As the new year came, so did new developments in Europe. The British alliance in Europe was beginning to push Napoleon’s conquering armies back into France. It would not be long before the diminutive Gallic conqueror would be defeated for good.

This changed the equation in India. Till now, the stalling had been frustrating for Metcalfe, but not altogether bad for the British. They too had bee waiting for geopolitical stability, in Europe and from the embassies of John Malcolm to Persia, and Monstuart Elphinstone to Afghanistan.

Now, the balance had clearly shifted. The threat of the French invasion had passed. The English could be more assertive. Gradually, final terms were passed on to the Maharaja. He would have to give up suzerainty over all territories south of the Sutlej, since the Sikh Princes of the Malwa had clearly pledged their sovereignty to the British – as they had, by then.

There were two camps in the court of Maharaja Ranjit Singh. One led by Diwan Mokham Chand and Akali Phoola Singh. Mokham Chand claimed to be in touch with the Marathas, and also whatever remained of the Rohilla Afghan aristocracy. The Maharaja was, however, in the other camp. He was not in favour of fighting the British. Perhaps, he realised, it was not the British who were the real, historical, enemy of the British. It was true that the Sikh states south of the Sutlej did not accept his sovereignty. Going to war with the British would mean having to fight them too. This was not worth the cost in blood and treasure, when there was a greater fruit there for the picking.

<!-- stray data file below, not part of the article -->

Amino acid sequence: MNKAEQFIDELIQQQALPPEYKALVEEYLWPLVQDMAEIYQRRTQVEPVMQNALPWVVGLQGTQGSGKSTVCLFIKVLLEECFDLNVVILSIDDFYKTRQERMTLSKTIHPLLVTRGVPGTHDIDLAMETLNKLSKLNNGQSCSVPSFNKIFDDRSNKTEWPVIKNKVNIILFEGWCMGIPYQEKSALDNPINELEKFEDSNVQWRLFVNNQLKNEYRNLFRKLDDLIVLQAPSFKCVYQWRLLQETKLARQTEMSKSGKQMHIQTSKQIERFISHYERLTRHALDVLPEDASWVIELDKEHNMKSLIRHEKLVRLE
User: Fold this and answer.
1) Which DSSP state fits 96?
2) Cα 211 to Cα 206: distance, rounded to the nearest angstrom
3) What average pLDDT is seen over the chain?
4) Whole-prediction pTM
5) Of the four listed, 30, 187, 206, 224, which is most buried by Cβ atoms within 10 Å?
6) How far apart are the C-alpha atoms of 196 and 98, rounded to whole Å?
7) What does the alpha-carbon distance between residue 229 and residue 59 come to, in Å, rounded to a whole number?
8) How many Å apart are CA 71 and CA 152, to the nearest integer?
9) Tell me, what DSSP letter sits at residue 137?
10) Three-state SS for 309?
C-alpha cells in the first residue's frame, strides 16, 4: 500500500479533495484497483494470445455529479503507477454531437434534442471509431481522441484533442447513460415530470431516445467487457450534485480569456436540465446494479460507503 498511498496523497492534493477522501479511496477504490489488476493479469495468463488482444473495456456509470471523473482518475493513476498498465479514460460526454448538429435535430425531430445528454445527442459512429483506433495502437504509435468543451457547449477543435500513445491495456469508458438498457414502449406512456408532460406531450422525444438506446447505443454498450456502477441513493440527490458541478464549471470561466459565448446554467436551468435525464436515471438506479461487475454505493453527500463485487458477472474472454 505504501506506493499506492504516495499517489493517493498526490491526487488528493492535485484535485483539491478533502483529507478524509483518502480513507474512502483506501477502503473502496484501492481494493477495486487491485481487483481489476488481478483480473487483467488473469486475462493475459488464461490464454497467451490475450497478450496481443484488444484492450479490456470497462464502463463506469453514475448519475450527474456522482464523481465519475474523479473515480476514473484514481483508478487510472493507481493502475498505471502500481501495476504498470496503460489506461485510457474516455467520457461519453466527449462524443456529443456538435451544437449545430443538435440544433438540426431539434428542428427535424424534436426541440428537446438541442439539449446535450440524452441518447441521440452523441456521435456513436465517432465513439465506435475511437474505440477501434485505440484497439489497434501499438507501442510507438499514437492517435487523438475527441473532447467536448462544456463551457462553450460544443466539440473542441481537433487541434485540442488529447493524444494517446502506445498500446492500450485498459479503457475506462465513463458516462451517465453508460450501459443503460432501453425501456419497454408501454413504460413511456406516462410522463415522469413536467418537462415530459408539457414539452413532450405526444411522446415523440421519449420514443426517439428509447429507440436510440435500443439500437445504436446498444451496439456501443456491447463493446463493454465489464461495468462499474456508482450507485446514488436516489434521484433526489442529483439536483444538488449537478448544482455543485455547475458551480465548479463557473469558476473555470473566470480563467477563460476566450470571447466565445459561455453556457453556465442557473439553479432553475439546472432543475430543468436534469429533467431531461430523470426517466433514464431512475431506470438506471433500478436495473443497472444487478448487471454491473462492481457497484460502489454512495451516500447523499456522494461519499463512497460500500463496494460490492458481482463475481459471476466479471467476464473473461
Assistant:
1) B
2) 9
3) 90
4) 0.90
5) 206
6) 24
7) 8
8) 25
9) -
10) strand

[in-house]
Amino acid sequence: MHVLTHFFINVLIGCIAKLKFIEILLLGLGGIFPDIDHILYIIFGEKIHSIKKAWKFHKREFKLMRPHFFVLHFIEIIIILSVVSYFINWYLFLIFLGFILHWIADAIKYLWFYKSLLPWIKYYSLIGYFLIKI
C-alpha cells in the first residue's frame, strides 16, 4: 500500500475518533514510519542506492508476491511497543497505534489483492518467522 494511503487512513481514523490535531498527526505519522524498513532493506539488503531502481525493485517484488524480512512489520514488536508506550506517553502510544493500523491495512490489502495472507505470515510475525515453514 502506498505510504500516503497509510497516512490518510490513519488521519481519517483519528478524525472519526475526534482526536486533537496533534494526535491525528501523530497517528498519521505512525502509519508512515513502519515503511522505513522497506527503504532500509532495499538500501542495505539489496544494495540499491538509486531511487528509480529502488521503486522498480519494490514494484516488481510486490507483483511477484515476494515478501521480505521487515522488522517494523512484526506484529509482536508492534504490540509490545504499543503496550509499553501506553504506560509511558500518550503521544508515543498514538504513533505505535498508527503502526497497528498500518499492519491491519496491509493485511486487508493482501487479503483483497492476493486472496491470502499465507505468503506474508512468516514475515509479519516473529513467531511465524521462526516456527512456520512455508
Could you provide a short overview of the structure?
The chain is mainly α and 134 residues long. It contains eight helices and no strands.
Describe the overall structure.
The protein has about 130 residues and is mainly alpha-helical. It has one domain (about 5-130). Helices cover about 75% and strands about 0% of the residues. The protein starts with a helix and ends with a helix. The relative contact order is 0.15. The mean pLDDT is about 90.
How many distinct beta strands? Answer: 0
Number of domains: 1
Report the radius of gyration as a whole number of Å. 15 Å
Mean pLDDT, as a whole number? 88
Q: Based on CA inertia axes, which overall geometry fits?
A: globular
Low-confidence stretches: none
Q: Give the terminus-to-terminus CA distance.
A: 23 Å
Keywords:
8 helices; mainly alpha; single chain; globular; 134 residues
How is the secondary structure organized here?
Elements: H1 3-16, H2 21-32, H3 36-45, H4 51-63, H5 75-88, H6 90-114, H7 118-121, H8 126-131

Had not the British told him they were willing to march up till Kabul?


The Treaty of Amritsar was signed on 25th April, 1810. Charles Metcalfe made a large offering before Guru Granth Sahib in Amritsar and returned to Delhi, with mixed feelings. He had been led through an arduous emotional, psychological and physical journey in the past half year. Maharaja Ranjit Singh had avoided war with a superior enemy but the mood in the Sikh camp was not too cheerful.

More than a few people felt that the Sikh qaum had been robbed of its rightful lands. Perhaps to remind his court that were other frontiers to conquer, perhaps to make up for the loss of territory, in the spring the Maharaja decided on campaigning to Kangra – to secure the kingdom under the direct control of the Lahore Durbar.

However, with the southern boundaries settled, the assurances of peace from the English, the Empire wound in the coming decades he free to turn its sights north – towards the age old enemy, the Afghans.